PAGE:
We recently touched on the 10 things you need to get done during your first month in Turkey to ensure a seamless transition into your new life as an expat.

But before you can do all of that, there are specific steps you need to take and research you should do to move to Turkey for good.

From importing your car and pets to choosing a place to live and getting health insurance, here is your ultimate “moving” checklist for Turkey.

Do Your Research

Make sure you do your research before you settle down in a new area.

Look into the location you want to live in, learn more about its lifestyle, and the best cities to raise a family or a working professional.

Head here for more information about living in different cities in Turkey to help you choose the best place to start your new life.

Arrange Your Visa, Residence Permit

The essential item on your checklist should be your visa and residence permit.

If you come from a country where Turkey requires a visa, you will have to get one before flying over. You can visit https://evisa.gov.tr/en for an e-Visa, or you can get a sticker visa from a Turkish Consulate abroad. Some nationalities may also be able to get visas upon their arrival to Turkey at the ports of entry.

Head here to learn more about the different types of Turkish visas.

To live legally in Turkey, you will also have to apply for a residence permit, including family permits, work permits, and short-term residence permits.

Under the “Visas & Immigration” category, you can find several articles explaining the specific types of permits you will need for different situations.

Transport Your Belongings

If you are not planning to start from scratch in Turkey, you will want to bring over your belongings safely or securely.

Ensure you read the fine print in the contract you sign with the moving/cargo company and consider taking out contents insurance.

If you are having trouble finding or writing a Turkish address, check out this article.

Manage Your Finances

Before you move to Turkey, make sure to tie up loose ends regarding money, debt, and bank accounts. Some countries may not allow you to have a bank account if you are an expat living abroad, so make sure to do your research, speak to your bank and close or switch statements.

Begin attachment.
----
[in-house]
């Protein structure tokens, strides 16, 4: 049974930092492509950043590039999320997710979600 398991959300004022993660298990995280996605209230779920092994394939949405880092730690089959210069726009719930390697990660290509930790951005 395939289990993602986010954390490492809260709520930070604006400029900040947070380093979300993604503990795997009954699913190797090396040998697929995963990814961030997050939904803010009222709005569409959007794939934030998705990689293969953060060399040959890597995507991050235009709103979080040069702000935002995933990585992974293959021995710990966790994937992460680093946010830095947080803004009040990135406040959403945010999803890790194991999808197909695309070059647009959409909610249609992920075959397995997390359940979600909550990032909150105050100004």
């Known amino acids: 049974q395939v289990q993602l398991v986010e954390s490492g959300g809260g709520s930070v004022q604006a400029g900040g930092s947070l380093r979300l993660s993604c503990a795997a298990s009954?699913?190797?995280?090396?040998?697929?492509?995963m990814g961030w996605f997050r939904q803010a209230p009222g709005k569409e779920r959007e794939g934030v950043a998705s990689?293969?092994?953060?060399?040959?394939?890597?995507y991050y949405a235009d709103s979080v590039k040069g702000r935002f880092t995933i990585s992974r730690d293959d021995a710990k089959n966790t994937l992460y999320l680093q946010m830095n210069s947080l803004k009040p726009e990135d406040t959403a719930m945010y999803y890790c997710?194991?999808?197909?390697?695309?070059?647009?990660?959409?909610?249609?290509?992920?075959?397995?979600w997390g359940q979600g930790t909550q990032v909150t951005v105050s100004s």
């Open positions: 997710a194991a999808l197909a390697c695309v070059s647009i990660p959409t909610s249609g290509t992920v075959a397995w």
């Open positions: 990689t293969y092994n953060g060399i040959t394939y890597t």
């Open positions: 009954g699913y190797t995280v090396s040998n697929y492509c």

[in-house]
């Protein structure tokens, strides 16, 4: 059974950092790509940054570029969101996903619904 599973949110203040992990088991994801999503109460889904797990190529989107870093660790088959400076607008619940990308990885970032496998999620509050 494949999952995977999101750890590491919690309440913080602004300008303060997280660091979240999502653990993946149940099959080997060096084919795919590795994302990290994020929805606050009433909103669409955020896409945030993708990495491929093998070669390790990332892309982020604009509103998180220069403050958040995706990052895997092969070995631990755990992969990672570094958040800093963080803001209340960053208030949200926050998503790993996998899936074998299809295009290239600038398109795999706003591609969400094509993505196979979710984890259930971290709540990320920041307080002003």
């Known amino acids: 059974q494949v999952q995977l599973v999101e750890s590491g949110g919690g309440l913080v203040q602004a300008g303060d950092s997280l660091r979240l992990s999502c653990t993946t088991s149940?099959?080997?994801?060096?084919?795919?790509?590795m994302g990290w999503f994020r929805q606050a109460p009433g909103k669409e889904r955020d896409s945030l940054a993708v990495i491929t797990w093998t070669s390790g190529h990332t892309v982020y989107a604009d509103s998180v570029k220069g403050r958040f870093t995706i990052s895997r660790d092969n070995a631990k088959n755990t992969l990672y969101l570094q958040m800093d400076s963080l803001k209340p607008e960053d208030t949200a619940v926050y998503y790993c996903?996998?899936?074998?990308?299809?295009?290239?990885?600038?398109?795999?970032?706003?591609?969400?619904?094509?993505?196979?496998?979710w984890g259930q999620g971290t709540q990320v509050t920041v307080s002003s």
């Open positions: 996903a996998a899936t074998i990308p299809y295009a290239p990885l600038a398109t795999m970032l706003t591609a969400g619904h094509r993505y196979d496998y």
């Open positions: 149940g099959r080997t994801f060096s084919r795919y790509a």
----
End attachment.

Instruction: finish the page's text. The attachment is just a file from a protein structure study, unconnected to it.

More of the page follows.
It is also a good idea to open a bank account in a Turkish bank as soon as possible to aid in processes such as getting a tax ID and applying for a residence permit. Transferring funds; consider opening a borderless account at Wise.

For more on opening a bank account and getting a credit card as a foreigner, read this.

Move Your Vehicle

If you are not planning to buy a car in Turkey and instead want to import your vehicle, you need to make sure you have the correct documentation and know the necessary procedures.

Head here to learn more about importing your car and here for information about when you will need to update your driver’s license.

Take Care of Your Pet

Moving can be as stressful for your pet as it is for you. To make the importing of your pet as stress-free as possible and ensure you do not forget any of the documentation required, head here.

And for more about pet travel insurance, its scope, and how much it costs, head here.

Sort Out Health Insurance

You will not be eligible for universal health insurance provided by the state until after having lived in Turkey for one year. You will have to take out a comprehensive health insurance policy before you move.

One of the requirements for applying for a residence permit is also to have valid health insurance.

To learn more about the healthcare system in Turkey, head here.

Find a Place to Live

One of the first things you need to sort out if you want to move to Turkey is to find a place to live – whether this is via buying your own house or property or renting an apartment.

Although the best approach would be to start your search before you physically move to Turkey, sometimes it will be impossible to decide before you see in-person the place you intend to buy or rent.

Either way, for health insurance, enroll in schools, and, most importantly, get a residence permit, you will need to show proof of address.

Check out our real estate hub on the blog for more information.

Start Looking for a Job

If you have not yet secured a job offer from an employer in Turkey and you do not have the funds or other streams of income to support yourself financially, you will soon have to find yourself a job to live in Turkey.

Luckily, there are countless websites, forums, and platforms to help you out in your search for a new role. To learn more, check out this guide.

Look into Childcare and Schooling Options

If you are moving to Turkey with kids, there are two things you need to think carefully about childcare and schools.

You can hire domestic help in Turkey if your children are younger than 16, or if they are 3-4 years old, you can enroll them at a creche (kreş in Turkish), nursery, or kindergarten.

Your schooling options, and the number of private or state, or international schools in your area, will be dependent on the city you live in.

Read more about it here.

Learn the Language

Although most banking and tourism staff will have no problem communicating with you in English or a few other foreign languages, to get along comfortably with the locals knowing a bit of Turkish, especially everyday phrases, will be of great help.

If you are not sure where to start in your Turkish learning journey, check out this guide.